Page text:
The Lapsed Chanteuse  //  by Nancy Friedman

Former Drama Club star Nancy Friedman reunites with one of her first loves.

When I was around 30 years old, I was stopped on the street by a total stranger.

“Nancy Rabinowitz?” she asked.

“Yes.”  I said.

“I thought I recognized you.  I’m E’s mother, from high school?  I saw you in all the plays.  Are you a professional actress now?” she smiled.

I laughed, “Oh no!  Not at all!”

Her smile faded.  “I don’t see why that’s funny.  My daughter really wanted to be a performer, and you!”  She practically spit at me.  “If you weren’t serious about it, you shouldn’t have taken all the parts in high school.”

I was speechless.  It had been more than a decade since high school, nearly as long since I’d performed—was she crazy?

Well, yes, I decided.  First of all, by my estimate, only one in 1,432,227 kids who star in their high school musical actually makes it as a professional actor.  Most don’t even try.  Second, her daughter, E?  Not a contender.  Sorry, but I remember her as a nice, smart, dedicated kid, but had I not taken leading roles in high school, nothing would have changed for her.

And boy, did I get leading roles!  Not to brag (Oh, who am I kidding?  I’m totally bragging: I peaked in high school.  What else am I gonna brag about?), but between high school and my performing arts summer camp, I played Eliza in My Fair Lady, Sharon in Finian’s Rainbow, Patsy in Babes in Arms, Mary Poppins in, well, you know, Miss Jones and Hedy LaRue in two different productions of How To Succeed…, and Charity in Sweet Charity.  (Years later, when I met Cy Coleman, I apologized profusely for that last one—I was dreadful.)  In college, I was in the oh, so exclusive Varsity Show cast three out of four years, only missing the year I was abroad.  After college, I moved to Paris where I performed in cabarets and restaurants and with a bar mitzvah band, singing in English, French, Hebrew, and Arabic.  The photographic evidence of this time is a source of great amusement to my kids.  I’ve posted it here.  You’re welcome.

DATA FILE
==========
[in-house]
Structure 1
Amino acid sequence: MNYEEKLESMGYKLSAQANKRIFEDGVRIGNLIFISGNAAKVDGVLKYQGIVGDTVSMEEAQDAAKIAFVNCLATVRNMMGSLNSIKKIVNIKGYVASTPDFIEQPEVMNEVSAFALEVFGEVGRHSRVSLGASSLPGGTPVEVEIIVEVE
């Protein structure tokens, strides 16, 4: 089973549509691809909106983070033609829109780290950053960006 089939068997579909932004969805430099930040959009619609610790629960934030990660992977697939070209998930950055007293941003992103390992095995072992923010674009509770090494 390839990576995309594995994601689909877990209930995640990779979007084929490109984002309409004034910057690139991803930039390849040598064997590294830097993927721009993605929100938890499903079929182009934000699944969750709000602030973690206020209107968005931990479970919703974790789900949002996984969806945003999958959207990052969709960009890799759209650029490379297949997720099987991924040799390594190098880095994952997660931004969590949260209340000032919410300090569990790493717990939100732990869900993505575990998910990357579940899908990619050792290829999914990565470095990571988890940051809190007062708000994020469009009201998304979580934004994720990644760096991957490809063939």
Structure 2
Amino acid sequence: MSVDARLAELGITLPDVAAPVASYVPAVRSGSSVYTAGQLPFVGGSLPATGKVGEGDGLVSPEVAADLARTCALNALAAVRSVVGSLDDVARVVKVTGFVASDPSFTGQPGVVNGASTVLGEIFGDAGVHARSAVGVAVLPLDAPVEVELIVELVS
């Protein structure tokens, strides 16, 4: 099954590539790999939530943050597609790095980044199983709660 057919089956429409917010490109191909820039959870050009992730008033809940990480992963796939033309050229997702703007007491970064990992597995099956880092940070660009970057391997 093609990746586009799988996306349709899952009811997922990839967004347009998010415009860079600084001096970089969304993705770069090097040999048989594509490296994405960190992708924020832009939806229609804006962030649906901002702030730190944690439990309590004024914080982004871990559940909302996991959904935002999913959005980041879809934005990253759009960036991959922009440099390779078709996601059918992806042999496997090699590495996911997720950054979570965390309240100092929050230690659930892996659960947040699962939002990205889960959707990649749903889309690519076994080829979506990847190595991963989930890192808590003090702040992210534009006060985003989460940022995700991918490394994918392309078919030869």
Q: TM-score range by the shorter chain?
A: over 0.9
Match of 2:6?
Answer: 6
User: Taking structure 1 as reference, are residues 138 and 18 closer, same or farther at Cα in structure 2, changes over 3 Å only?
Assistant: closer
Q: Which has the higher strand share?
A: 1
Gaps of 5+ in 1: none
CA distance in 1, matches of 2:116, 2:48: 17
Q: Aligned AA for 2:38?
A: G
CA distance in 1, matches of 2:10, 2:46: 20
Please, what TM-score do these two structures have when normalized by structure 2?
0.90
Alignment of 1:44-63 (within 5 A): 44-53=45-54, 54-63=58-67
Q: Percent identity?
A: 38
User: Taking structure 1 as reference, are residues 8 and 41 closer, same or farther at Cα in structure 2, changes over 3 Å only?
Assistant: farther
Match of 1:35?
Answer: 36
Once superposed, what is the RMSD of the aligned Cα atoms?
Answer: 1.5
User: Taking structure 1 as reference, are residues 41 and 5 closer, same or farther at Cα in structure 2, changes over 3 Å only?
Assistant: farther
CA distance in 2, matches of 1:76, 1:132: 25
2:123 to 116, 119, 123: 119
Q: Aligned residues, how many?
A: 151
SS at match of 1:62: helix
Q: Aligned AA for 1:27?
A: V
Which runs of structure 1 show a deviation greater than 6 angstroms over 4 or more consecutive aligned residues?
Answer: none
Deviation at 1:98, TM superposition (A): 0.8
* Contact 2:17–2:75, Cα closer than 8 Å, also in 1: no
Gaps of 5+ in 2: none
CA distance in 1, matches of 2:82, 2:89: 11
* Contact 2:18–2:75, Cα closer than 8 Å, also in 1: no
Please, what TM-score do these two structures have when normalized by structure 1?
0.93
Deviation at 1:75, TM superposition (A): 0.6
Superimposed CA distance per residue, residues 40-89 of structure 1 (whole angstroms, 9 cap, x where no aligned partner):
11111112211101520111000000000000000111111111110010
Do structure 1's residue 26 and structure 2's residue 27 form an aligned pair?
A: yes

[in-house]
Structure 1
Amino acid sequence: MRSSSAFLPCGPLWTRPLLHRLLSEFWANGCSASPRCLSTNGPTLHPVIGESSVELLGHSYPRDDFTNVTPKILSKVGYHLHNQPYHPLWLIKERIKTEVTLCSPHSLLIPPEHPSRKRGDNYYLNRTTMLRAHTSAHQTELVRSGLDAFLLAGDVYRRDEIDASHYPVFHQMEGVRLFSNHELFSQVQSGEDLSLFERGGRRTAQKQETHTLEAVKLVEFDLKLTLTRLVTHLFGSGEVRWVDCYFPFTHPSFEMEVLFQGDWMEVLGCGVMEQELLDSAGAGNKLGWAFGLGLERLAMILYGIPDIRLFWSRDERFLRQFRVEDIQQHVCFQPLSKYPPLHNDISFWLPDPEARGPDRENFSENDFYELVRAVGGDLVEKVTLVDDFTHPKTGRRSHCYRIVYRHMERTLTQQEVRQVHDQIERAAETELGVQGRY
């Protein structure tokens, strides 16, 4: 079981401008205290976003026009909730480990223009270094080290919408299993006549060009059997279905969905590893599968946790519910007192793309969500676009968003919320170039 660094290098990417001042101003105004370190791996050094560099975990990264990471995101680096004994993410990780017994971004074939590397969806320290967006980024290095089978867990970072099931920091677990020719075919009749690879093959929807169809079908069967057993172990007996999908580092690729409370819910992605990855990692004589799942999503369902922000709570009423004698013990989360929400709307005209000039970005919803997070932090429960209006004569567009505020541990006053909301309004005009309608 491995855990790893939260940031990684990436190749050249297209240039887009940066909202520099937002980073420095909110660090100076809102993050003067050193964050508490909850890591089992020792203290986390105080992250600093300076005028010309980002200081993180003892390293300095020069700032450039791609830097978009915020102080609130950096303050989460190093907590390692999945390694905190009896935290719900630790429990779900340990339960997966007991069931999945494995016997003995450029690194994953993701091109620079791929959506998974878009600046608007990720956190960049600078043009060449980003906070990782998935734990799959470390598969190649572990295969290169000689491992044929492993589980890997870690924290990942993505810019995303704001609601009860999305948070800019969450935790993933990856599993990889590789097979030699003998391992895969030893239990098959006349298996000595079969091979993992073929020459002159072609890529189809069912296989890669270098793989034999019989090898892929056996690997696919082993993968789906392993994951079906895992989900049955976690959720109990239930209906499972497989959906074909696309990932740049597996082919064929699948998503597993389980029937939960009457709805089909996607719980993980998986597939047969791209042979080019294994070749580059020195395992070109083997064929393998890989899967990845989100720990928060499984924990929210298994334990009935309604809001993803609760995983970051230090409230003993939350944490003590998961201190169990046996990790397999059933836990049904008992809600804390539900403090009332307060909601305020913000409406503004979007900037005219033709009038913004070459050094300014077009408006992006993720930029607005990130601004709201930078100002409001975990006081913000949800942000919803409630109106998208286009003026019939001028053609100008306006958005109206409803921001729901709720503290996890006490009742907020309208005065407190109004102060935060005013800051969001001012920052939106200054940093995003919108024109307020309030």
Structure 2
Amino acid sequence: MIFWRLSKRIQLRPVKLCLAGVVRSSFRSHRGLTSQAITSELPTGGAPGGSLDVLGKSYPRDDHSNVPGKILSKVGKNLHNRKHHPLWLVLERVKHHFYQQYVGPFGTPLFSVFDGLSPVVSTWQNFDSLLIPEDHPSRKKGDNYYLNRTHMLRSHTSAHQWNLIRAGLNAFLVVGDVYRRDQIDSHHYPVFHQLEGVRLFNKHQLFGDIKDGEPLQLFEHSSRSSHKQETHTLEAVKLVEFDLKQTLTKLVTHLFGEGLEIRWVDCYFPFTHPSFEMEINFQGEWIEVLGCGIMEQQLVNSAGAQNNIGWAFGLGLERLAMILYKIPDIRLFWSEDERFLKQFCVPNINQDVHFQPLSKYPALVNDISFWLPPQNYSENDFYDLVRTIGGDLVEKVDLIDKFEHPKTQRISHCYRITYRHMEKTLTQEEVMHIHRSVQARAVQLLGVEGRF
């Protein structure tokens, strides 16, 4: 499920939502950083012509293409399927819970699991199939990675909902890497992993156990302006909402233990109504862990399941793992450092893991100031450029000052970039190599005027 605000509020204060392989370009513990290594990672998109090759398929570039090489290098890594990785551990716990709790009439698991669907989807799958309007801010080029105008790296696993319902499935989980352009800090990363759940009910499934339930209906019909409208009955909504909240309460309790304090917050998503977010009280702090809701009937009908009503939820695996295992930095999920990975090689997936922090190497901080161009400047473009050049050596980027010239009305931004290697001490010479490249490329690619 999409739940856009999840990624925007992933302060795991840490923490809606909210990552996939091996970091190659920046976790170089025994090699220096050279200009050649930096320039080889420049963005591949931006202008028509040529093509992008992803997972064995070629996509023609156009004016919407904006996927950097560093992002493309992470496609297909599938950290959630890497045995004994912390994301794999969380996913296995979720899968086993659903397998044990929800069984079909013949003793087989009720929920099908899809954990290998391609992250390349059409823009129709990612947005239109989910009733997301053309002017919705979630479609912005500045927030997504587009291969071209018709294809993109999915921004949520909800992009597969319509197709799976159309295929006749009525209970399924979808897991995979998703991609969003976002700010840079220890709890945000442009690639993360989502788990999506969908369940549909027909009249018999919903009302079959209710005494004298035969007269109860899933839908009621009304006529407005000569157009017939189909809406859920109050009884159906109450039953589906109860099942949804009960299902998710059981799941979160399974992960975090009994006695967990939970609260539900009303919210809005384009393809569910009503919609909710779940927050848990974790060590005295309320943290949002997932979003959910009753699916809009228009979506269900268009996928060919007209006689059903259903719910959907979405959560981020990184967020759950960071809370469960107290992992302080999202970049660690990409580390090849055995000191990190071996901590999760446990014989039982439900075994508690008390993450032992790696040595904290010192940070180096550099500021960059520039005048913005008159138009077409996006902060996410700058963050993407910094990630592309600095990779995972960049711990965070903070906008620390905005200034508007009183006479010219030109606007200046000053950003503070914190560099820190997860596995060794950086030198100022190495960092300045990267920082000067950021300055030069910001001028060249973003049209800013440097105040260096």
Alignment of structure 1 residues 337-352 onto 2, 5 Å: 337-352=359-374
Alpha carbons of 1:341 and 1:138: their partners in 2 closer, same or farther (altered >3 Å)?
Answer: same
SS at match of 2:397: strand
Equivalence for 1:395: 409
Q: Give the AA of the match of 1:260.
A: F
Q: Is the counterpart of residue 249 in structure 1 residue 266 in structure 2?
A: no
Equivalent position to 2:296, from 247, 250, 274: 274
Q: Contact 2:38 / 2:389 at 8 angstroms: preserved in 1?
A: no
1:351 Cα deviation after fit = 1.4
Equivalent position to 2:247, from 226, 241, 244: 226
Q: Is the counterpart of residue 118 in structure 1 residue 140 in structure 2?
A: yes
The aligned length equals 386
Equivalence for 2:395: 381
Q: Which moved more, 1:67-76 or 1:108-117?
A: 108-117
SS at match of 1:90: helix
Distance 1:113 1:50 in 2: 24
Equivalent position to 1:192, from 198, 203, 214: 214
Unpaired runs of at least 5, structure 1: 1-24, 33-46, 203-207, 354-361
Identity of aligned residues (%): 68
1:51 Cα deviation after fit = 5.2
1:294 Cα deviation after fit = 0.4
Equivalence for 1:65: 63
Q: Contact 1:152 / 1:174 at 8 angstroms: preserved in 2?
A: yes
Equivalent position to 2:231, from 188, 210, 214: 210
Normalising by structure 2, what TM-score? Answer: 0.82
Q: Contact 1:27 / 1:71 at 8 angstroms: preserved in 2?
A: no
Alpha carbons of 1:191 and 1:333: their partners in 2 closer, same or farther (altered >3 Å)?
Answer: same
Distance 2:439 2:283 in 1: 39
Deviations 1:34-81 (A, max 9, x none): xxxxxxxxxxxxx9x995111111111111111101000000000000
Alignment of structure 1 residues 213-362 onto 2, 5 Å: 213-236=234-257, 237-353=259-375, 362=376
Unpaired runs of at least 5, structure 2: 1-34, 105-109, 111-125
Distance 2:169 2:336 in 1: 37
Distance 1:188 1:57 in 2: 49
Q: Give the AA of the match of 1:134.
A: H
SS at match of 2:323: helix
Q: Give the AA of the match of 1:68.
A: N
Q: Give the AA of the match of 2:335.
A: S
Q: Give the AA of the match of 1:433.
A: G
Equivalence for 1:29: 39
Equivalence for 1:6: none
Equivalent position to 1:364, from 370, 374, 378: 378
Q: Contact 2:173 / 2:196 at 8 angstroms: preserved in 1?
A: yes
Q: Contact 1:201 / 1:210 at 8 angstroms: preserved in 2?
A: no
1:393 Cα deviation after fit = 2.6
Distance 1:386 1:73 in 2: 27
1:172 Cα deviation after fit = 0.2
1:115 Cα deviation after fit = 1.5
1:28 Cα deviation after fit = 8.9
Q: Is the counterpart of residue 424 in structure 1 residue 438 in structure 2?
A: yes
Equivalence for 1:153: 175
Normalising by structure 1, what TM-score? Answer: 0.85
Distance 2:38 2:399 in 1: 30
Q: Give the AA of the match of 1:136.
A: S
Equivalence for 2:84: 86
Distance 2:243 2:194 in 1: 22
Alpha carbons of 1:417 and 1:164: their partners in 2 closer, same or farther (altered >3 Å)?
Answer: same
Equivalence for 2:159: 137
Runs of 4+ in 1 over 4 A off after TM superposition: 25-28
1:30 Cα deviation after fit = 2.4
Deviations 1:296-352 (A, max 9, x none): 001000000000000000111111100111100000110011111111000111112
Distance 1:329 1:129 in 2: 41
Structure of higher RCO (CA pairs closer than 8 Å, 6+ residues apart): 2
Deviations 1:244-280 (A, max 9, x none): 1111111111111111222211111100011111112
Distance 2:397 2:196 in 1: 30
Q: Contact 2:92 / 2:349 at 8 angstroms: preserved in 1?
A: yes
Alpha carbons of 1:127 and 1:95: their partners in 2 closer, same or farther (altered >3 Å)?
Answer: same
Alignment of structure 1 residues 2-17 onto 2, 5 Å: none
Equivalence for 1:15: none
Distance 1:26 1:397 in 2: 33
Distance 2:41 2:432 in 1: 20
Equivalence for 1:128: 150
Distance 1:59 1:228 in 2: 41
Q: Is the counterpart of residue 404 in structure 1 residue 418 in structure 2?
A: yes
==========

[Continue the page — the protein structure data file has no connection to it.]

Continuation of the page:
But a funny thing happened when singing was my job.  It felt like a job.  Plus, I couldn’t act, and my dancing was passable at best.  I had gone through plenty of summer acting programs, including the American Conservatory Theater in San Francisco and Circle Repertory in New York, but I knew that my acting was something people excused once I opened my mouth to sing.  As in, “Why would they cast her?  She can’t act at all!”  And then, once I sang, “Oh, I get it.”  Hardly a recipe for stardom.